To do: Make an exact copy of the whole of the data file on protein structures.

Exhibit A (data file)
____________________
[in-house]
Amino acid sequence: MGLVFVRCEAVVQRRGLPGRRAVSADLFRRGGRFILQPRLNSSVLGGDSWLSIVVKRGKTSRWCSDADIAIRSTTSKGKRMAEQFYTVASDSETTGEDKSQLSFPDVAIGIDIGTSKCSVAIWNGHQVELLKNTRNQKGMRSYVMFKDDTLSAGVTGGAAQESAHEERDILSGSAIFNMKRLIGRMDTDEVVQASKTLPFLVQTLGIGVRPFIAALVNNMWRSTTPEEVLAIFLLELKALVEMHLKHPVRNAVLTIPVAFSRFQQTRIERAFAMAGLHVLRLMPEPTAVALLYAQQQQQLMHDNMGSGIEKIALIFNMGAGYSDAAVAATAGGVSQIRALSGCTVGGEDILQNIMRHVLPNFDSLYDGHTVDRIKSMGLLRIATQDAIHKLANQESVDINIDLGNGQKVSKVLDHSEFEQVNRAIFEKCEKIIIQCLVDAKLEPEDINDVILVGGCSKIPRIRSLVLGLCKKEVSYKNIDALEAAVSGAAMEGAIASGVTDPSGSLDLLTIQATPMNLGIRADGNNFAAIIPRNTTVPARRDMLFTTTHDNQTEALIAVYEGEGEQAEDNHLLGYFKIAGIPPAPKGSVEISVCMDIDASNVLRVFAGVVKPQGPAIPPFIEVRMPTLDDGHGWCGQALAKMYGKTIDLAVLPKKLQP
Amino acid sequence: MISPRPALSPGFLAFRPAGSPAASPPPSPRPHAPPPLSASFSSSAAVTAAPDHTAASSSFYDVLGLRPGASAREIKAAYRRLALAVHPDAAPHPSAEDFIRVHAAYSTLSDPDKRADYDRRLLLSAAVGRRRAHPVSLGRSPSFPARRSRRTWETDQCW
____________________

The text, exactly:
[in-house]
Amino acid sequence: MGLVFVRCEAVVQRRGLPGRRAVSADLFRRGGRFILQPRLNSSVLGGDSWLSIVVKRGKTSRWCSDADIAIRSTTSKGKRMAEQFYTVASDSETTGEDKSQLSFPDVAIGIDIGTSKCSVAIWNGHQVELLKNTRNQKGMRSYVMFKDDTLSAGVTGGAAQESAHEERDILSGSAIFNMKRLIGRMDTDEVVQASKTLPFLVQTLGIGVRPFIAALVNNMWRSTTPEEVLAIFLLELKALVEMHLKHPVRNAVLTIPVAFSRFQQTRIERAFAMAGLHVLRLMPEPTAVALLYAQQQQQLMHDNMGSGIEKIALIFNMGAGYSDAAVAATAGGVSQIRALSGCTVGGEDILQNIMRHVLPNFDSLYDGHTVDRIKSMGLLRIATQDAIHKLANQESVDINIDLGNGQKVSKVLDHSEFEQVNRAIFEKCEKIIIQCLVDAKLEPEDINDVILVGGCSKIPRIRSLVLGLCKKEVSYKNIDALEAAVSGAAMEGAIASGVTDPSGSLDLLTIQATPMNLGIRADGNNFAAIIPRNTTVPARRDMLFTTTHDNQTEALIAVYEGEGEQAEDNHLLGYFKIAGIPPAPKGSVEISVCMDIDASNVLRVFAGVVKPQGPAIPPFIEVRMPTLDDGHGWCGQALAKMYGKTIDLAVLPKKLQP
Amino acid sequence: MISPRPALSPGFLAFRPAGSPAASPPPSPRPHAPPPLSASFSSSAAVTAAPDHTAASSSFYDVLGLRPGASAREIKAAYRRLALAVHPDAAPHPSAEDFIRVHAAYSTLSDPDKRADYDRRLLLSAAVGRRRAHPVSLGRSPSFPARRSRRTWETDQCW